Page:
Over the past decade we’ve seen startups become a leading force in the economy across all sectors. In fact, some of today’s biggest companies—Airbnb, Uber, Instagram—didn’t even exist ten years ago. From a consumer and business point of view, startups are now mainstream.
However, one area that has not caught up with startup culture is legislation. Even though startups have a completely different set of needs to, say, SMEs or big corporations, lawmakers have been stubborn about refining existing legislation and creating new laws which suit their unique set of needs. In many ways this has stymied innovation as some startups are prevented from reaching their full potential—or reluctant to expand into new markets—if they don’t know or aren’t sure how legislation will affect them in the future.
This uncertainty is not only a missed opportunity, but it’s also surprising given the significant contribution that startups make to the economy. In the US, it is reported that startups create 3 million American jobs each year and have served as the source for nearly all “net new job creation” since the 1970s. You’d think that lawmakers would be keen to help startups where it matters—in the wallet—but so far they haven’t.
However, encouragingly, we could see signs of that changing in the coming years with various pieces of legislation in countries that serve as startup hubs. One example is in the US, where the tax code is not only unsuited for startup entrepreneurs, but can actually prevent them from taking funding. As TechCrunch recently reported, “The House of Representatives recently passed a bill, the Empowering Employees through Stock Ownership Act, to allow startup employees to defer their tax liabilities on exercised stock options for up to seven years. This change is welcome news for the entrepreneurial ecosystem and startup employees across the country who are forced to pay taxes immediately on phantom income they haven’t received.” This could change the very real problem of attracting new talent to work at the best companies because without it, as TechCrunch continued, “we run the risk of reducing the value of stock options as an effective incentive to attract and retain talent at America’s startups.”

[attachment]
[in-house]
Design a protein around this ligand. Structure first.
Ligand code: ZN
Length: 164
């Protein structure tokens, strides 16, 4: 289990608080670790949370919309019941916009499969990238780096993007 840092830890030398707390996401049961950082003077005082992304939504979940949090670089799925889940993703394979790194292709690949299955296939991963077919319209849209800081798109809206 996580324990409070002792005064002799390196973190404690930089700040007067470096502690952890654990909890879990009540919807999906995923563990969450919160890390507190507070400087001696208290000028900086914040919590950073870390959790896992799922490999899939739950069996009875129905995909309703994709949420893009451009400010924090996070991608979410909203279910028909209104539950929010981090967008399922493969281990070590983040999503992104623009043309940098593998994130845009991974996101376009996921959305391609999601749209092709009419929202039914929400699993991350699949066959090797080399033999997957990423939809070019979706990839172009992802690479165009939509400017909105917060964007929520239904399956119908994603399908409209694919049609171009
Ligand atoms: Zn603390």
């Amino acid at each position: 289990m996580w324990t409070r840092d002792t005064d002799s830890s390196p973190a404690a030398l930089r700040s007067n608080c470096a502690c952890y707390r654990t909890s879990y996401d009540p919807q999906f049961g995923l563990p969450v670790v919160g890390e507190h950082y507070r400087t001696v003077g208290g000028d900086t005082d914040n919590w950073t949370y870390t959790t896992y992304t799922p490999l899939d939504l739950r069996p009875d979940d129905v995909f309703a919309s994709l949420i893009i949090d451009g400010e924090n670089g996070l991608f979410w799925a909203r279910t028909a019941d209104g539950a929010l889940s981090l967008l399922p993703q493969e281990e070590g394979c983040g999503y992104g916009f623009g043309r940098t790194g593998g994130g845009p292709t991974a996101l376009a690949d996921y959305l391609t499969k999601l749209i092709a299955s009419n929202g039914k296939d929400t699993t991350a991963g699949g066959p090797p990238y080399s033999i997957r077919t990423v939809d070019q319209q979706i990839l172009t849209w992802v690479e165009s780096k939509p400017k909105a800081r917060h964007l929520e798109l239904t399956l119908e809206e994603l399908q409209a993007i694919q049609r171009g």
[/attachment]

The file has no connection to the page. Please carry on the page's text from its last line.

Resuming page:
Another area of legislation that really affects startup growth is immigration and work visas. Often, companies who are looking for a specific kind of expertise or talent pool can’t necessarily find it in their own country. It can be cost and time intensive to bring talent in from elsewhere under existing rules, which can thus prevent bootstrapped startups from doing so. What’s more is that foreign founders themselves may be deemed too risky by investors if they do not have a long-term immigration status sorted. However, there is a new proposal addressing this issue from the US Citizenship and Immigration Services. According to Bloomberg “The inelegantly named entrepreneurial “parole” would allow visa-less startup types to stay in the country for two years, with a possible three-year extension, if they own at least 15 percent of a U.S.-based startup formed in the past three years that’s raised $345,000 in investment capital.” One of the reasons this legislation is potentially on the table, Bloomberg notes, is the the fact that “immigrants have a strong track record launching Silicon Valley successes.”
Both of these examples point to the kind of progressive and reasonable legislation that is needed to keep apace with modern times and the internet economy. The way we do business has changed immensely in the past decade and a half, so to think that laws can stay exactly the same is foolish thinking.